New unemployment claims among Americans fell sharply during the week of the election, hitting a low point for the pandemic that is still far higher than any other week in recent decades.
Another 709,000 people filed initial claims for unemployment for the week ending Nov. 7, a decline of nearly 50,000 from the previous week, according to the U.S. Department of Labor. Continuing unemployment insurance, meaning people receiving benefits at least two weeks in a row, dropped to 6.77 million, while the total number of Americans receiving any form of benefits fell to 21,157,111.
In Florida, new unemployment claims last week fell to 28,128, a decline of nearly 3,500, although that number tends to rise throughout the week. To date, the state has paid more than $18.3 billion to more than 2.09 million claimants.
Florida’s unemployment system, CONNECT, has attracted plenty of criticism from users and lawmakers during the pandemic. Florida lawmakers and officials with the Department of Economic Opportunity are trying to find out what went wrong, but rebuilding the system will be only part of the state’s economic recovery, as it figures out how to bolster its still-struggling tourism and hospitality industries.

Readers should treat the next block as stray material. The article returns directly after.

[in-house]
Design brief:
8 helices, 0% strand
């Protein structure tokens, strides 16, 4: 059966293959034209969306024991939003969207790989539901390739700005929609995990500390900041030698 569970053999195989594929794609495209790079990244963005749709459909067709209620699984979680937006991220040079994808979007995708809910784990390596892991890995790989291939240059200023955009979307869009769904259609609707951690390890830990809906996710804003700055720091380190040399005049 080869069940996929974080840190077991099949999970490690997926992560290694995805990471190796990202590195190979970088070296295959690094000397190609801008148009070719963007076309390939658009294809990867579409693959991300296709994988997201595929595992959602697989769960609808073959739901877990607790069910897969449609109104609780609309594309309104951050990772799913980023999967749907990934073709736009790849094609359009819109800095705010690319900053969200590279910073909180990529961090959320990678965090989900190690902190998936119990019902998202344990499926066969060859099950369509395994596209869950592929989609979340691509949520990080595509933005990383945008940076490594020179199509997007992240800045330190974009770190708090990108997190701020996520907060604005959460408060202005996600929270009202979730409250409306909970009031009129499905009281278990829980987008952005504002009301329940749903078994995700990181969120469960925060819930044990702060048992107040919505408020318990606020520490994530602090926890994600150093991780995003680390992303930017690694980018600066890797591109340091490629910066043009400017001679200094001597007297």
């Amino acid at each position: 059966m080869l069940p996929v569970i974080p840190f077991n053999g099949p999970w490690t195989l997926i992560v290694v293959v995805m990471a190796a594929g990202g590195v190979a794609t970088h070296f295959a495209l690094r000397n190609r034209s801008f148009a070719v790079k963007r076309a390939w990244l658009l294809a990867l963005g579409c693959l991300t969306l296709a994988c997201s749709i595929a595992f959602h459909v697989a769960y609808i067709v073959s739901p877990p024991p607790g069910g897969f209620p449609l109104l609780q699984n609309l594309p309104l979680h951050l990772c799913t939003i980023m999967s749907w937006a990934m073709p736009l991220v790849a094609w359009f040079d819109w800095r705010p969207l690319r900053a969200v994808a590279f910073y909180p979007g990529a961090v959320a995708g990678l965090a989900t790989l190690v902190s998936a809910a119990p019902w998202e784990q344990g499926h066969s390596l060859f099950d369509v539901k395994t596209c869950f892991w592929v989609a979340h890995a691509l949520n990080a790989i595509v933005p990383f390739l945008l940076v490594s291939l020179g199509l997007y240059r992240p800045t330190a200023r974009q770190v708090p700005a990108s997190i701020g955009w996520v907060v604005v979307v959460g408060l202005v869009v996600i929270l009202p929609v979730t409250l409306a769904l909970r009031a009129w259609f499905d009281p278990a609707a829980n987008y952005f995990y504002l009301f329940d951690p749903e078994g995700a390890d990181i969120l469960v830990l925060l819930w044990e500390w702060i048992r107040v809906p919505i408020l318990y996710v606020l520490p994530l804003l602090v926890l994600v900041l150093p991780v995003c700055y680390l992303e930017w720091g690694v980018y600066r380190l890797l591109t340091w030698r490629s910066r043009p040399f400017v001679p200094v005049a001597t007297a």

“The state’s going to be faced with record deficits because of this, where their primary economic generator has been tourism revenues,” said Craig Richard, president and CEO of the Tampa Bay Economic Development Council. “If we diversified our economy through economic development, they won’t be so reliant on tourism revenues.”
On Thursday, the U.S. Bureau of Labor Statistics reported that consumer prices for food, shelter and electricity increased slightly during October. The prices were offset by a slight decline in the cost of medical coverage.
In Florida, 10.3 percent of residents have reported not having enough food on the table as a result of economic uncertainty, according to the U.S. Census Bureau, while nearly 34 percent say they have trouble paying for usual household expenses. More than 9 percent aren’t confident they can continue to afford housing, while a third say that they fear being evicted or foreclosed upon.
Last week, the Labor Department reported that the nation added 638,000 jobs in October, dropping the unemployment rate to 6.9 percent.